Robert Sherretta
Robert Sherretta (@guest_64516)
1 year ago

Everyone in the corporate and public sector space has realized that the last ten years provided a unique opportunity to borrow money at historically low interest rates. Now, unless this Board moves very quickly, that time will be passing and will likely not return for another decade at least…

Edward Mark Joseph Szynaka
Edward Mark Joseph Szynaka (@guest_64517)
1 year ago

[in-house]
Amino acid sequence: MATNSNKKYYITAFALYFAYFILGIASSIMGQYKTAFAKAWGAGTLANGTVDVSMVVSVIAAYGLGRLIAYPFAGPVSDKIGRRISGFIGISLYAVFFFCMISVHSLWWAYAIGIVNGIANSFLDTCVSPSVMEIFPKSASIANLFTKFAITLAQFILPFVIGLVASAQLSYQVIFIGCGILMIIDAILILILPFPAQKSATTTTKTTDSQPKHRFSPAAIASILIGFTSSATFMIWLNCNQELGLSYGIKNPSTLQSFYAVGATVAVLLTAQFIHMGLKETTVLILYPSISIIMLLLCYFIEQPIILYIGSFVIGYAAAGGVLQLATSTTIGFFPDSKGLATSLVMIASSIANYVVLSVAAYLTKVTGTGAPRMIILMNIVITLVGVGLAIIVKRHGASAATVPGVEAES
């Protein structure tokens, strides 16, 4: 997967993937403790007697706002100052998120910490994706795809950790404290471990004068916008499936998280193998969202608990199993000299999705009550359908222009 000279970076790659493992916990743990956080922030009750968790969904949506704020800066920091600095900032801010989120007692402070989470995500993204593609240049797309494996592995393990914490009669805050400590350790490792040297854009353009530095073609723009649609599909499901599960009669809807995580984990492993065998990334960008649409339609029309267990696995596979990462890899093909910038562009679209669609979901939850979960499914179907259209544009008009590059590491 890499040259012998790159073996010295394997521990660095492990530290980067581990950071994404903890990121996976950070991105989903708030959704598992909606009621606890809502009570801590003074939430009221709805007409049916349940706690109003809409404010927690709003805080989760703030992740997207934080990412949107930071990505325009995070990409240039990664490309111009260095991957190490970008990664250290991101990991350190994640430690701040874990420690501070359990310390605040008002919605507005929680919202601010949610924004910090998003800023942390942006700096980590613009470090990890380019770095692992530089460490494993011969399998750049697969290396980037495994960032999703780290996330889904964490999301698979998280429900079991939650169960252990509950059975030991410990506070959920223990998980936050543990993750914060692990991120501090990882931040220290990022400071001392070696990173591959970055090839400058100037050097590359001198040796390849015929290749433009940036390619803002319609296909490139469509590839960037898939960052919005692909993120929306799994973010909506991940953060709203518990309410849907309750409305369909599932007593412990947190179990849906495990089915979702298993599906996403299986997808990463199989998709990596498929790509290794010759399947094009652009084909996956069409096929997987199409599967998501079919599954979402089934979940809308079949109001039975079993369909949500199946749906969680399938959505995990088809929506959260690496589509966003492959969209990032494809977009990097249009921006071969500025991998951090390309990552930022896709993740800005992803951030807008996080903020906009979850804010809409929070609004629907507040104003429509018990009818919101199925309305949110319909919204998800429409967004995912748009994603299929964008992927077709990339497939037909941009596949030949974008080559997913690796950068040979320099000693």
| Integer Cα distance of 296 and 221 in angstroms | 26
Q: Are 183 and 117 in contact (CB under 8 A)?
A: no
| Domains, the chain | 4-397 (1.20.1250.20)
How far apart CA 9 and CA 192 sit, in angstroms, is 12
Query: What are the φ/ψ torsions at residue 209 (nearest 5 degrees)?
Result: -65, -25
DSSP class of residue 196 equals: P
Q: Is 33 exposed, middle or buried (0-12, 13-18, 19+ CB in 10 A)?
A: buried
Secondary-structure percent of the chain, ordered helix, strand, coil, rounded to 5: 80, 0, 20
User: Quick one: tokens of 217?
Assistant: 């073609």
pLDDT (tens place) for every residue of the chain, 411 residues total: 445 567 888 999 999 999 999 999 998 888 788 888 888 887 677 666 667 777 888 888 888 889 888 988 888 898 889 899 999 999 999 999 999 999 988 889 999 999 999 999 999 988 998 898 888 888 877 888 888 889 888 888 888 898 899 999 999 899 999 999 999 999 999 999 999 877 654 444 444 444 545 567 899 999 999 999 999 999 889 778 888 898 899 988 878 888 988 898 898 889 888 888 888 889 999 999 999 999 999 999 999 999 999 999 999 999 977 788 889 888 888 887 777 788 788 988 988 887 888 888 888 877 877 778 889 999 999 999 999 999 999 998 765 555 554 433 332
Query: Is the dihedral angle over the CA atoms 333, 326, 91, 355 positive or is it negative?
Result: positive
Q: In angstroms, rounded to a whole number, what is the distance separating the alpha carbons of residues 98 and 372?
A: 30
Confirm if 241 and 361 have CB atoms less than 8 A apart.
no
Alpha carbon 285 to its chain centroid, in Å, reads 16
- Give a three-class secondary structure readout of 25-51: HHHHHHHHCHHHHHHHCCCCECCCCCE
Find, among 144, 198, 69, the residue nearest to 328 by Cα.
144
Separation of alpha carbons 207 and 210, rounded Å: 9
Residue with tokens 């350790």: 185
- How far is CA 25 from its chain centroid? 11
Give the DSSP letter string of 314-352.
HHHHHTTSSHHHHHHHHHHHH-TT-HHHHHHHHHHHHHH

When does this community get the civic leadership to invest in itself? For more than twenty years we have accomplished nothing but argument and debate. These projects have long ago been vetted as being in the interest of the greater community. Our elected leaders’ debate and vote to move forward only to reverse their votes after someone voices objections and threaten to vote them out. Where are the real leaders who are willing to do the right thing even if they lose the next election? FB is such a wonderful community that could be so much better. COURAGE.